It’s time to burst the biomedical bubble in UK research

Author Daniel Camero
Posted 2018.08.01 Comments 0

A new report by Nesta calls for research and innovation funding to be rebalanced so it can better meet the UK’s economic, social and health needs.

UK research and innovation needs a greater diversity of priorities, politics, places and people. This new report by Nesta sets out why and how the UK needs to escape the biomedical bubble if it is to realise the potential of new investment in research and development.

Biomedical science and innovation has benefited from significant increases in public investment over the past fifteen years. This builds on the remarkable strengths of the UK’s academic life sciences base and pharmaceutical industry. Yet there is mounting evidence that the pharmaceutical sector faces a deepening crisis of productivity, and it is cutting its own investment. Continuing to prioritise the biomedical – the “biomedical bubble” - risks unbalancing our innovation system and is unlikely to deliver the economic benefits or improvements to health outcomes that society expects. It favours the commercialisation of science, based on protectable intellectual property and venture capital based spinouts, despite evidence that this model rarely works.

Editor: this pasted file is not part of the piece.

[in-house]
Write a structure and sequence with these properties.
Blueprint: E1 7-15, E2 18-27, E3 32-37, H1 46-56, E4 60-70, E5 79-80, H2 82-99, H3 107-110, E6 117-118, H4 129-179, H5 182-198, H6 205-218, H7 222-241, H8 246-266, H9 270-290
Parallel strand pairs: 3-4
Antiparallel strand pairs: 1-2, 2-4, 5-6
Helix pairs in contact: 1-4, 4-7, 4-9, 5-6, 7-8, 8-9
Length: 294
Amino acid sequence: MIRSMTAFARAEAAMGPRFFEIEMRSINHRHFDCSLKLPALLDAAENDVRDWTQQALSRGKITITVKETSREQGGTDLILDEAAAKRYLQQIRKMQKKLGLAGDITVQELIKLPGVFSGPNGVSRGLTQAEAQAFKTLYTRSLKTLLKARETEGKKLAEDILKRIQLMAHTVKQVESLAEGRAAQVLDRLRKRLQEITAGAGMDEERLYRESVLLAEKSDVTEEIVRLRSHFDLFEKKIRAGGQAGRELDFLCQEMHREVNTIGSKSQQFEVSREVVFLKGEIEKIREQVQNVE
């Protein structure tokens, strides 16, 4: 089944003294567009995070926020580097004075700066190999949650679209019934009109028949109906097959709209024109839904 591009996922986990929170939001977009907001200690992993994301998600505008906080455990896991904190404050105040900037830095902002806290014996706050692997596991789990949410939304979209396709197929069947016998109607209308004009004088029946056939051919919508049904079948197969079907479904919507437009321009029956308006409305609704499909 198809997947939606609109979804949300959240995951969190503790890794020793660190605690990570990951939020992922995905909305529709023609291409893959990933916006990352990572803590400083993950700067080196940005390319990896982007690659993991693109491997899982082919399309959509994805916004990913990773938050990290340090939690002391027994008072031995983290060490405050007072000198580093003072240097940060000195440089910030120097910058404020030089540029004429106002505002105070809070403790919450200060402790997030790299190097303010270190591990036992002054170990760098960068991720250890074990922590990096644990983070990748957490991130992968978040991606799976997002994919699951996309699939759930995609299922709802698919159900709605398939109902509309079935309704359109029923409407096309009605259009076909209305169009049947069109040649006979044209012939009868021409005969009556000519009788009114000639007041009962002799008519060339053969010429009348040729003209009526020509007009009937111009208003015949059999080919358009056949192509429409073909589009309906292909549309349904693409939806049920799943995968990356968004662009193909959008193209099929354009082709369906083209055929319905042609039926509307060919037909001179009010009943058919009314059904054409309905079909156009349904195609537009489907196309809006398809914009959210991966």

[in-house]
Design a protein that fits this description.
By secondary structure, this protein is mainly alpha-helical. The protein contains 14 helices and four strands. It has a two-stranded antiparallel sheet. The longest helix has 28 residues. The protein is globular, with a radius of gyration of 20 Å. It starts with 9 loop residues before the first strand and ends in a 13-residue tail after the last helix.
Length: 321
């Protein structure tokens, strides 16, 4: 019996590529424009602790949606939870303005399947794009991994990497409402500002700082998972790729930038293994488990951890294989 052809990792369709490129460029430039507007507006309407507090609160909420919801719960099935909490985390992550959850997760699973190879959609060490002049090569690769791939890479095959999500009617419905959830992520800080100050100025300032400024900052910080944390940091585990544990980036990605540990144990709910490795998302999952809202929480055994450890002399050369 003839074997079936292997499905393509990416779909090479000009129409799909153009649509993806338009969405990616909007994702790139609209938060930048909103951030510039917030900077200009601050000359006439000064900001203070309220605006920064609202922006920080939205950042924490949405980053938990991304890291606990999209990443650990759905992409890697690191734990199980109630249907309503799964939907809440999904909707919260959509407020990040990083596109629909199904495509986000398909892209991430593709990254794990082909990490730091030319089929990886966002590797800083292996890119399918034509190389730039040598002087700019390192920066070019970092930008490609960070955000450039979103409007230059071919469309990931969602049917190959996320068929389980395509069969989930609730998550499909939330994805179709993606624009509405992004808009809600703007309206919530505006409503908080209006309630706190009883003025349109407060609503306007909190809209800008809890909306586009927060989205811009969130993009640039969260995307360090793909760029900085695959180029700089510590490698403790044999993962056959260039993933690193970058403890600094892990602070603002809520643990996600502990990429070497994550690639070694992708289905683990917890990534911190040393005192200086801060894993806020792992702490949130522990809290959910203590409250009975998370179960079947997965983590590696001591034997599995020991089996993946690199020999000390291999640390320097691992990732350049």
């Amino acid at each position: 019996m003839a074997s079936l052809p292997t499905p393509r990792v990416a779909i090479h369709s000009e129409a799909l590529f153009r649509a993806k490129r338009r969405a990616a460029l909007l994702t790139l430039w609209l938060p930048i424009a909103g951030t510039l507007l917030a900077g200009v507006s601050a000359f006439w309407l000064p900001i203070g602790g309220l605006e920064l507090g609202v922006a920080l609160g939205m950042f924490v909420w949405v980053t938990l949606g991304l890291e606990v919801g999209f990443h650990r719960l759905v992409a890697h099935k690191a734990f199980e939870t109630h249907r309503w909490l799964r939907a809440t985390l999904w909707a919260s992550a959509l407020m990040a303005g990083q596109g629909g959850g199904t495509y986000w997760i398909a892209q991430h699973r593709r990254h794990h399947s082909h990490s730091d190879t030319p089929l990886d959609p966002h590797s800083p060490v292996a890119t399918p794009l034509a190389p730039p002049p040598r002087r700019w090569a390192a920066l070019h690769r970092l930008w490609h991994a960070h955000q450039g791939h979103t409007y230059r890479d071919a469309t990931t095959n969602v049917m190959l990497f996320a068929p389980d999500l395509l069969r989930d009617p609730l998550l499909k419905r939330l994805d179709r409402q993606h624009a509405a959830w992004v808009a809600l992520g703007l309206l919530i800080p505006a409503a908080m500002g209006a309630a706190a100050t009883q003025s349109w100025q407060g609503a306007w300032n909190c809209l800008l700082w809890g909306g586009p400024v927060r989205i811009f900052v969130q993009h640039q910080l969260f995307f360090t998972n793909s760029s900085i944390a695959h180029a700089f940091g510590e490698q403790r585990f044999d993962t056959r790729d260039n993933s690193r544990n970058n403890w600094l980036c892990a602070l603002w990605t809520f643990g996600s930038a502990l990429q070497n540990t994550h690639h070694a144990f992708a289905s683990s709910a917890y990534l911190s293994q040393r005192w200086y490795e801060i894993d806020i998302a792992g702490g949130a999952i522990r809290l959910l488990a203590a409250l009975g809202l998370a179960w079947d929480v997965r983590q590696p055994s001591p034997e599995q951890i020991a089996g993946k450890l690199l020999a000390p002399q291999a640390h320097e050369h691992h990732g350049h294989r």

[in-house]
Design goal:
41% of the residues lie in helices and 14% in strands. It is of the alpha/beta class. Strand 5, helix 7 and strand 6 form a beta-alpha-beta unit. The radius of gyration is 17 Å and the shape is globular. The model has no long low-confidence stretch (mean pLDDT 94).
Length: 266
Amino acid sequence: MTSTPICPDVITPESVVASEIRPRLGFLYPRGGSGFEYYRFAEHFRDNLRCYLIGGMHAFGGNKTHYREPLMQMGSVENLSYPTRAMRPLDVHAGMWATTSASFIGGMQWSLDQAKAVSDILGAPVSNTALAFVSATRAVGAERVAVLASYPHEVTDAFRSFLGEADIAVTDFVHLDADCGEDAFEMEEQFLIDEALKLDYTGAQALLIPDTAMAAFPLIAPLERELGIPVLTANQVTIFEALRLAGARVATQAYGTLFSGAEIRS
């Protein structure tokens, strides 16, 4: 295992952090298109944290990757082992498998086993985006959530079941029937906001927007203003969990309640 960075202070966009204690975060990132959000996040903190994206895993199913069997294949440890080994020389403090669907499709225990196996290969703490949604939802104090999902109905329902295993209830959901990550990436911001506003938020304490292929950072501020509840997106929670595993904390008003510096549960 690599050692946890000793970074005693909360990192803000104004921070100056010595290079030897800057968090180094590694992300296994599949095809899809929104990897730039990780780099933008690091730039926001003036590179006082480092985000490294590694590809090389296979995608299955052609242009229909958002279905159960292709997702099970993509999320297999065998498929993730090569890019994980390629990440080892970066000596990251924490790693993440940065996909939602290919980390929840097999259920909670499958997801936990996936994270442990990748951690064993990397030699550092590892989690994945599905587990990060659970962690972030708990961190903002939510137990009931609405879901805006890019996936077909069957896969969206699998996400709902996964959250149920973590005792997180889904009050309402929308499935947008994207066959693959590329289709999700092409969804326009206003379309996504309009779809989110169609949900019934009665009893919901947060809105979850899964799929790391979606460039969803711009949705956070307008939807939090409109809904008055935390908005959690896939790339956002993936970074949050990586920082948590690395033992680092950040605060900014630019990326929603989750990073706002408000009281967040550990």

Our health and social care system is under growing strain. As the NHS marks its 70th birthday, there is renewed debate about its long-term affordability. Too often, the biomedical bubble distracts attention and draws resources away from alternative ways of improving health outcomes. Around 81 per cent of spending is dominated by basic and translational biomedical research. Only 6.1% of all research is classified as health services research, covering organisational and system-wide studies of healthcare. Just 5% of health research funding is spent on researching ways of preventing poor health. More than half of all research budgets are spent in three cities – London, Oxford and Cambridge – despite variations in life expectancies of up to eight years across the country. Greater emphasis needs to be given to the social, environmental, digital and behavioural determinants of health, and decisions about research priorities need to involve a greater diversity of geographic perspectives.

There is an opportunity to design a system that delivers the research we need to meet the health needs of the nation, supports the new business opportunities of the future and maximises the potential for economic growth right across the country. Health services researchers are well placed to contribute to this impact.

 

Read the Nesta report “The Biomedical Bubble”

https://www.nesta.org.uk/report/biomedical-bubble/